Test-Driven Development With PHPUnit

“Write it now, fix it later.” That’s how programming is supposed to work, right? Maybe not. Test-Driven Development (TDD) is a (somewhat) new way of programming where you create tests before you write code. When your code passes the tests, you know you’ve finished.

Advantages Of Test-Driven Development

Although test-driven development sounds clunky and unfun, it has a number of benefits:

  • It forces you to design your application before you code it. Poor design almost always leads to missed deadlines and cost overruns—and the pressure from management which comes with them.
  • Progress is easy to track. You simply run your test suite and it tells you how many tests passed and how many failed. Tests are a great basis for a teardown chart.
  • Many bugs get detected early. When a code change introduces a bug, your test suite may detect it automatically so you can fix it while everything is still fresh in your head.
  • Taking fast bug checking a step further, anyone who can be trusted to run the test suite can be allowed to make commits to your next-release branch (or even your live branch) because you know they won’t introduce any automatically-detectable bugs. More than anything else, this enables fast and distributed development.

How To Create Unit Testing Before You Have Code

At first, writing tests for non-existing code may seem difficult, but unit testing most commonly works at the function level, so all you need to do is make a list of the functions you plan to write and their expected functionality.

A simple way to think through writing unit tests if you’ve never used them before is to ask yourself, “how would I test to see if the function is working the way I expect with a print statement?” If you can test the function with a print statement, you can write a unit test.

Once you have a list of all of your planned functions plus an idea of the print statements you would write to test them, you can start writing your tests.

Why Use PHPUnit?

Of course, you could actually use print statements to test your code, but you probably want to use a testing framework which helps you handle more complex testing—like testing functions that rely on a database which isn’t installed on your testing system.

PHPUnit by Sebastian Bergmann is the leading unit testing framework for PHP. You get to write your tests in PHP, so there’s very little extra you need to learn. Here’s a sample test from the PHPUnit documentation which ensures PHP’s built-in array functions are working correctly:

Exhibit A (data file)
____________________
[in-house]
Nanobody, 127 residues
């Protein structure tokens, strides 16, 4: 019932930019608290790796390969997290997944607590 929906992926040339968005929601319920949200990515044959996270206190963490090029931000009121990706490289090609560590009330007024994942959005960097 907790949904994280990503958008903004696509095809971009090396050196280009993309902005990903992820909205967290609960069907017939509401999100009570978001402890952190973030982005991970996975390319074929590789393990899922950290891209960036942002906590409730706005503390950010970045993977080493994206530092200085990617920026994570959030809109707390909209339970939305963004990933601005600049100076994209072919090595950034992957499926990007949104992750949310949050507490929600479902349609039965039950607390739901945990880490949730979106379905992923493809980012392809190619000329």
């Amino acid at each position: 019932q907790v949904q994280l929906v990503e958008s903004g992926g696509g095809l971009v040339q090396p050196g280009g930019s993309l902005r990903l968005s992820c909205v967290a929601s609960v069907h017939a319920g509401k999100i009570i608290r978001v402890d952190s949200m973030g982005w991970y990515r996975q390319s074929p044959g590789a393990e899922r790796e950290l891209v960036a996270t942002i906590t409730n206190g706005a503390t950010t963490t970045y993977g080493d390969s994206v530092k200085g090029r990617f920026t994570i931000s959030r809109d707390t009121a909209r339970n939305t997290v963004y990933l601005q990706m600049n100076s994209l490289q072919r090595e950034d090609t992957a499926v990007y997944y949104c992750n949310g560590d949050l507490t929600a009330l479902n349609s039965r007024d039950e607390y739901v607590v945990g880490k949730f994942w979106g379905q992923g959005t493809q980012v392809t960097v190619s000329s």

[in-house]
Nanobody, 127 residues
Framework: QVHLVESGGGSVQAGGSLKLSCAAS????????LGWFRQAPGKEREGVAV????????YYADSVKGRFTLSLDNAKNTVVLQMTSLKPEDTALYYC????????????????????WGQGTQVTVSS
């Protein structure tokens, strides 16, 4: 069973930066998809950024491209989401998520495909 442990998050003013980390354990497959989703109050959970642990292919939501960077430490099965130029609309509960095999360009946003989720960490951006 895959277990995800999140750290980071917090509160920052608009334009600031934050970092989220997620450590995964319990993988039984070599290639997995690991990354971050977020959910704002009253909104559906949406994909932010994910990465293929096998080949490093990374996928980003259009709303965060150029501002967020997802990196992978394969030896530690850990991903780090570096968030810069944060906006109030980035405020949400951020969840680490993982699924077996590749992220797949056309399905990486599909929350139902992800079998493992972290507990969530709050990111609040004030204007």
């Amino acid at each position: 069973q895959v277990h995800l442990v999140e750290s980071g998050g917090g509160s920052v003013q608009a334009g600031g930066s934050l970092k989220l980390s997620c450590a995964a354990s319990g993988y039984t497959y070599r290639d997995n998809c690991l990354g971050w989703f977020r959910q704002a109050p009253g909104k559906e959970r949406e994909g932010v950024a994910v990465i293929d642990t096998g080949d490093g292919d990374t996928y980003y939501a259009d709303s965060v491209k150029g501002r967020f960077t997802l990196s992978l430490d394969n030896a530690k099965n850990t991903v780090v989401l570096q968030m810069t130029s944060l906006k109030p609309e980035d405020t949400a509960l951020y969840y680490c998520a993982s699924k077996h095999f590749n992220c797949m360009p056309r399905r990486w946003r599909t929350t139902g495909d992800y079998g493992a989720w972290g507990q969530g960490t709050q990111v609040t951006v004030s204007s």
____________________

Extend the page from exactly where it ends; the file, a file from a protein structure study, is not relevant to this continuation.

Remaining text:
<?php

class StackTest extends PHPUnit_Framework_TestCase {

    public function testPushAndPop() {
        $stack = array();
        $this->assertEquals(0, count($stack));

        array_push($stack, 'foo');
        $this->assertEquals('foo', $stack[count($stack)-1]);
        $this->assertEquals(1, count($stack));

        $this->assertEquals('foo', array_pop($stack));
        $this->assertEquals(0, count($stack));
    }
}

You can see the benefit of using a unit testing framework compared to using print statements by looking at the assertEquals function. As you can probably deduce, assertEquals compares the expected output of a function against the actual output of that function. When you run your unit tests, PHPUnit will print details about any assertEquals test which fails. For example, if we purposely break the test above, we might see the following output:

phpunit --verbose PHPUnit_Framework_Test
PHPUnit 3.7.0 by Sebastian Bergmann.

Time: 0 seconds, Memory: 5.00Mb

There was 1 failure:

1) DependencyFailureTest::testPushAndPop
Failed asserting that false is true.

FAILURES!
Tests: 1, Assertions: 1, Failures: 1, Skipped: 0.

PHPUnit makes it clear that the test failed and gives you enough information to figure out what failed. That’s a lot better than letting the bug go unnoticed for several days or weeks until some unsuspecting user discovers it.

To learn how to start using PHPUnit in your project, I highly recommend that you check out PHPUnit’s excellent documentation.